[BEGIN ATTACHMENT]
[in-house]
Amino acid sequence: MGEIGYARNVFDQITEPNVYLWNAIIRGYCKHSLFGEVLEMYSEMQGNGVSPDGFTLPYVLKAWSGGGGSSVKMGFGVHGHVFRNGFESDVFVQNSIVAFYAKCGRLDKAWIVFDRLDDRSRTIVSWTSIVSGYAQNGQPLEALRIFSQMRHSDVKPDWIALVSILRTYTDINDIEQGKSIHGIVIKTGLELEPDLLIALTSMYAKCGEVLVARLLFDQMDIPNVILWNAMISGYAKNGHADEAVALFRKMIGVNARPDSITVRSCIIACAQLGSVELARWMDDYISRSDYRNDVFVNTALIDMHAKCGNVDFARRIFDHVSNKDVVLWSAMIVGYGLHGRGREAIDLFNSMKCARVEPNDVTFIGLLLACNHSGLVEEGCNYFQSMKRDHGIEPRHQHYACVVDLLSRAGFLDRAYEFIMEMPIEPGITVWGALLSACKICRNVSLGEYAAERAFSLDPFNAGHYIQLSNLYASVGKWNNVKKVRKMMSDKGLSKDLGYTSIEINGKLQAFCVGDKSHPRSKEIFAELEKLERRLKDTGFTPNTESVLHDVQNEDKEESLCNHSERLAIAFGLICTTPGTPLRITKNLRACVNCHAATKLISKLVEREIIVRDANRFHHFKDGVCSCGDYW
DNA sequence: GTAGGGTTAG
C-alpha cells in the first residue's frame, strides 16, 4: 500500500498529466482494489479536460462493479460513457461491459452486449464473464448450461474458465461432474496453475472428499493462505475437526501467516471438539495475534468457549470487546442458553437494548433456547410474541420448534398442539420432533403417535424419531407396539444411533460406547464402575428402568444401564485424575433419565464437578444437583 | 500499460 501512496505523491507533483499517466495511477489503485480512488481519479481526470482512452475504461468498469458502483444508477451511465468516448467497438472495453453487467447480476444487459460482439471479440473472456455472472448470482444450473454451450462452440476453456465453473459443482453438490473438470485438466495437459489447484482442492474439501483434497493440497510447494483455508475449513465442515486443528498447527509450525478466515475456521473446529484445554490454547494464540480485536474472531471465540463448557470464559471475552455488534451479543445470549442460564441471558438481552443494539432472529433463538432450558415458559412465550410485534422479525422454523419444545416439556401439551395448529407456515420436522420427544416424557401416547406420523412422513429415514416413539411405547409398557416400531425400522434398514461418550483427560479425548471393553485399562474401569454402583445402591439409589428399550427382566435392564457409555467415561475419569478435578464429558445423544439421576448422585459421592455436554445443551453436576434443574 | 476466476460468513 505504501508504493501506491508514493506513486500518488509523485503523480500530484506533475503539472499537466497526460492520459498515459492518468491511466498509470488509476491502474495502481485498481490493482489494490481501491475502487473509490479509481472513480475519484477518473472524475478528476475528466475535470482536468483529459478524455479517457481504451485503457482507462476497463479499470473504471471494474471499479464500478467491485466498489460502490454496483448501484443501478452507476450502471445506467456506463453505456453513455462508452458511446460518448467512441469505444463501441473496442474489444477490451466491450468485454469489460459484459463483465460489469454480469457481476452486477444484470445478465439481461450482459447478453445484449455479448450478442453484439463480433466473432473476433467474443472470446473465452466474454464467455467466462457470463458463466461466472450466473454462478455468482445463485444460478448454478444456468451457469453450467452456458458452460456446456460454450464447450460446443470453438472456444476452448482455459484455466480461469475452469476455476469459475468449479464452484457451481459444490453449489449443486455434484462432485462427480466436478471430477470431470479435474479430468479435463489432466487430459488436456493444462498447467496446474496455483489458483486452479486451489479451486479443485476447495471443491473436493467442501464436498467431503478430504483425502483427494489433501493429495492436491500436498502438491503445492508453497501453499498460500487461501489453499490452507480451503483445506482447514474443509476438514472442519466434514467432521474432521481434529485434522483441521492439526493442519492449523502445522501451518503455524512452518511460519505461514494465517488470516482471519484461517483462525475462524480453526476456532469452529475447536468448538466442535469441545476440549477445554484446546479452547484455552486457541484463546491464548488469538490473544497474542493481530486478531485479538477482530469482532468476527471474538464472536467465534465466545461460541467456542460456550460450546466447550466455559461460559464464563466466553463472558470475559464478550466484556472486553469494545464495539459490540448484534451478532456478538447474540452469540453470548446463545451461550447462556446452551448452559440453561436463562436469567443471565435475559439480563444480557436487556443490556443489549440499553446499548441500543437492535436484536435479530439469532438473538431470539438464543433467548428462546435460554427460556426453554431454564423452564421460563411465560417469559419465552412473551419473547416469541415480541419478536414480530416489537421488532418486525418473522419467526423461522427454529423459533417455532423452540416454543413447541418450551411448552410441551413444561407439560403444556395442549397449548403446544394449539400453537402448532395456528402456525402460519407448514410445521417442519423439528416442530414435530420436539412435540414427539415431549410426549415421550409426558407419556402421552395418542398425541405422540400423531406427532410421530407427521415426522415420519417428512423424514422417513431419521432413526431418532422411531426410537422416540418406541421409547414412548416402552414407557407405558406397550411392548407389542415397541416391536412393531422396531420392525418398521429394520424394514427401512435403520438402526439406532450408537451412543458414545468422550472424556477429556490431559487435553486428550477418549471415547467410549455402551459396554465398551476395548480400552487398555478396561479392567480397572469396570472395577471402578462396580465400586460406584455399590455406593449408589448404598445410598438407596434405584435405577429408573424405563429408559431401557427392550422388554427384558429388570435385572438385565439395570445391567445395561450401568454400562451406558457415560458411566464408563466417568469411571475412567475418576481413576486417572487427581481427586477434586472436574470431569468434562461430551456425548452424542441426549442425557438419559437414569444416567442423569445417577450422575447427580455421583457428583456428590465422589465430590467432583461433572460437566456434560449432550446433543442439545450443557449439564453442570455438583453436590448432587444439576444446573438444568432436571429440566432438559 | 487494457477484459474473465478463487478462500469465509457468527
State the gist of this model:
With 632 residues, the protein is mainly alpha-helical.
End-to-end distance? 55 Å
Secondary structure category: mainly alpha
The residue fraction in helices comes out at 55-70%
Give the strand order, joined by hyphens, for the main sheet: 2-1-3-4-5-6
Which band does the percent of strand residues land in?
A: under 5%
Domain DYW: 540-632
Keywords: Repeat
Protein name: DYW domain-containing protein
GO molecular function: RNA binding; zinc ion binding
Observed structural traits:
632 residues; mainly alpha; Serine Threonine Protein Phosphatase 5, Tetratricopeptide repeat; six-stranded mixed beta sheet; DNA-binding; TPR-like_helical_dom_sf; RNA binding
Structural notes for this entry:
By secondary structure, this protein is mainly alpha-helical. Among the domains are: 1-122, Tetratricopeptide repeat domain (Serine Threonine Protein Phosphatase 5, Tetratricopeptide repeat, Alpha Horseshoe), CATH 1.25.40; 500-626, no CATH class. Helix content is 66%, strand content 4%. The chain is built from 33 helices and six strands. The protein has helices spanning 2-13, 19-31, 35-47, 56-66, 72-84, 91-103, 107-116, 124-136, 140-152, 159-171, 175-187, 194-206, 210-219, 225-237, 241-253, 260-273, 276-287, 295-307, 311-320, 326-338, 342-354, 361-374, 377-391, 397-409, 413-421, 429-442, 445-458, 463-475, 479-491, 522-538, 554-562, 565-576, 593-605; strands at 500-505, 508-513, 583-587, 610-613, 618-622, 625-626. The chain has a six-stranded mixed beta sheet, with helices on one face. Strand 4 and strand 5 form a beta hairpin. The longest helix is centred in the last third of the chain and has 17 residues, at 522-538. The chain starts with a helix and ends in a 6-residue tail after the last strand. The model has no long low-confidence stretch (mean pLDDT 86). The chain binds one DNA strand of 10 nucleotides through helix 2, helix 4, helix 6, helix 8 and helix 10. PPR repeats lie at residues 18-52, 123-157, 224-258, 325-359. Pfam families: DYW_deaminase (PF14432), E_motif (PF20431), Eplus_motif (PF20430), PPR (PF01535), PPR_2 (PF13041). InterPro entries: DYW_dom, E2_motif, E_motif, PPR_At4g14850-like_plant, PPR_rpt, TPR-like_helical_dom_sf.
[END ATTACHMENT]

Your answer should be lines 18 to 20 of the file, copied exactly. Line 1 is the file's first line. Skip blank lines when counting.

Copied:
632 residues; mainly alpha; Serine Threonine Protein Phosphatase 5, Tetratricopeptide repeat; six-stranded mixed beta sheet; DNA-binding; TPR-like_helical_dom_sf; RNA binding
Structural notes for this entry:
By secondary structure, this protein is mainly alpha-helical. Among the domains are: 1-122, Tetratricopeptide repeat domain (Serine Threonine Protein Phosphatase 5, Tetratricopeptide repeat, Alpha Horseshoe), CATH 1.25.40; 500-626, no CATH class. Helix content is 66%, strand content 4%. The chain is built from 33 helices and six strands. The protein has helices spanning 2-13, 19-31, 35-47, 56-66, 72-84, 91-103, 107-116, 124-136, 140-152, 159-171, 175-187, 194-206, 210-219, 225-237, 241-253, 260-273, 276-287, 295-307, 311-320, 326-338, 342-354, 361-374, 377-391, 397-409, 413-421, 429-442, 445-458, 463-475, 479-491, 522-538, 554-562, 565-576, 593-605; strands at 500-505, 508-513, 583-587, 610-613, 618-622, 625-626. The chain has a six-stranded mixed beta sheet, with helices on one face. Strand 4 and strand 5 form a beta hairpin. The longest helix is centred in the last third of the chain and has 17 residues, at 522-538. The chain starts with a helix and ends in a 6-residue tail after the last strand. The model has no long low-confidence stretch (mean pLDDT 86). The chain binds one DNA strand of 10 nucleotides through helix 2, helix 4, helix 6, helix 8 and helix 10. PPR repeats lie at residues 18-52, 123-157, 224-258, 325-359. Pfam families: DYW_deaminase (PF14432), E_motif (PF20431), Eplus_motif (PF20430), PPR (PF01535), PPR_2 (PF13041). InterPro entries: DYW_dom, E2_motif, E_motif, PPR_At4g14850-like_plant, PPR_rpt, TPR-like_helical_dom_sf.